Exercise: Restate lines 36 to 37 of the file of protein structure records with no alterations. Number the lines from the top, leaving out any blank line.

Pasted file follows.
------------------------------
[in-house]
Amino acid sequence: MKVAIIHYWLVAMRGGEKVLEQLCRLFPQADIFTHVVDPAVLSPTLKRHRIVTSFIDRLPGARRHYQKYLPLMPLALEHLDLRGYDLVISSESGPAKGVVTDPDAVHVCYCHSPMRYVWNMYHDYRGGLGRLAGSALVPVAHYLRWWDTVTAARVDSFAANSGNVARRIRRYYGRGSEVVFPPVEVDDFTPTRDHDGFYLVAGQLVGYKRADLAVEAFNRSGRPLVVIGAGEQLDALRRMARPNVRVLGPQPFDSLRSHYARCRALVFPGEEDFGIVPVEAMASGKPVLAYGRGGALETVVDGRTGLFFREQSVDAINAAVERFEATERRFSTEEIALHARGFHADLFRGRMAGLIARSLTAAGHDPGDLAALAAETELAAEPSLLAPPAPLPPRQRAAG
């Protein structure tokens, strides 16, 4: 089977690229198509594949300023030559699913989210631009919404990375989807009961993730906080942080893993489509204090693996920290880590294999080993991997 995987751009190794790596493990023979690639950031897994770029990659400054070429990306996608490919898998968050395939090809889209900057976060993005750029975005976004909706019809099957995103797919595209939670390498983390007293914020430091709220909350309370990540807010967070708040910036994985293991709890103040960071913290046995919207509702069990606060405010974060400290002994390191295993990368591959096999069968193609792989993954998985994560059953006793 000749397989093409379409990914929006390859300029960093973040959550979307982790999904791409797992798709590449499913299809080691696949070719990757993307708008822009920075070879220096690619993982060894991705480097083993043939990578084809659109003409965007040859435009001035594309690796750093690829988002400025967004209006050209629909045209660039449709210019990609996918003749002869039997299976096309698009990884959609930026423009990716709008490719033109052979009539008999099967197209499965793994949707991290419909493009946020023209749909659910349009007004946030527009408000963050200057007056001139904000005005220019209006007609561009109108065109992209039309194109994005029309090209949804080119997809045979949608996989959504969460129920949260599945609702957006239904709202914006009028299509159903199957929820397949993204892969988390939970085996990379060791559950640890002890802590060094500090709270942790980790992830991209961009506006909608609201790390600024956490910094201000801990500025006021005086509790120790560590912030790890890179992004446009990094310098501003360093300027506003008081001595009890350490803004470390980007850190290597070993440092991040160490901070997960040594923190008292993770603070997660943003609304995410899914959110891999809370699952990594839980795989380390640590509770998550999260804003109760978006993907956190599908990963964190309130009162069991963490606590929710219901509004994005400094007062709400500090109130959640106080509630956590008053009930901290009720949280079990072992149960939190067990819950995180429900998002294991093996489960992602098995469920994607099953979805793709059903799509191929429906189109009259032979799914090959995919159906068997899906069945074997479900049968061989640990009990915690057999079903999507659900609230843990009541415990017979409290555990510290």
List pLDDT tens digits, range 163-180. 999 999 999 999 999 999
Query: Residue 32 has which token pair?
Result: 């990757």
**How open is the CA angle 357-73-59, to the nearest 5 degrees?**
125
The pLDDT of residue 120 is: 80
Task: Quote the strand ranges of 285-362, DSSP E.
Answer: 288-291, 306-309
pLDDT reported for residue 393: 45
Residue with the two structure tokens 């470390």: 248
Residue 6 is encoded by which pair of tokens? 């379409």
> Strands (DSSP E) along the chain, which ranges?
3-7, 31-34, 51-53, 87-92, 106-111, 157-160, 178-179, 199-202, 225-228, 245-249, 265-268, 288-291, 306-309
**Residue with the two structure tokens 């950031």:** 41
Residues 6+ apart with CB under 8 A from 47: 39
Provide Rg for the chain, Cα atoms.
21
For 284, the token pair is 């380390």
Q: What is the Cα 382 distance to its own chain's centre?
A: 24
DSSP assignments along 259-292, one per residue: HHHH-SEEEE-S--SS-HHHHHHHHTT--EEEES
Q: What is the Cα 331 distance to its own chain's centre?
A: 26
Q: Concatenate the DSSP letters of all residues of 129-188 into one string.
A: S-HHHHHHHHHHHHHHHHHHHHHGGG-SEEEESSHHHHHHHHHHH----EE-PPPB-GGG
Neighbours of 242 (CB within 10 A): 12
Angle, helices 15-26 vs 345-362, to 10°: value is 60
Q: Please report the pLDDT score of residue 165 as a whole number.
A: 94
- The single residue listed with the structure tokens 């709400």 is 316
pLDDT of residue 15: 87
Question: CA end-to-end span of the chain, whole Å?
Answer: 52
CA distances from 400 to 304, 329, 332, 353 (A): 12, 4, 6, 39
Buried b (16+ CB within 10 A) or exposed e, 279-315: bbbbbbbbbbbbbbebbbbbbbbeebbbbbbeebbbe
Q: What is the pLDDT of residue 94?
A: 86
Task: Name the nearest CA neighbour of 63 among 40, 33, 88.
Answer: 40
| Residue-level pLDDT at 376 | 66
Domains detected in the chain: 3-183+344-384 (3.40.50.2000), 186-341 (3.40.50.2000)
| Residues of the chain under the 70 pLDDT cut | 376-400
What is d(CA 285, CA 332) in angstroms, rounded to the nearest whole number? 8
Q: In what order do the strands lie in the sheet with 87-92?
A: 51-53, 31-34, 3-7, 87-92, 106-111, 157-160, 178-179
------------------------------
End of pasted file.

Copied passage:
Answer: 52
CA distances from 400 to 304, 329, 332, 353 (A): 12, 4, 6, 39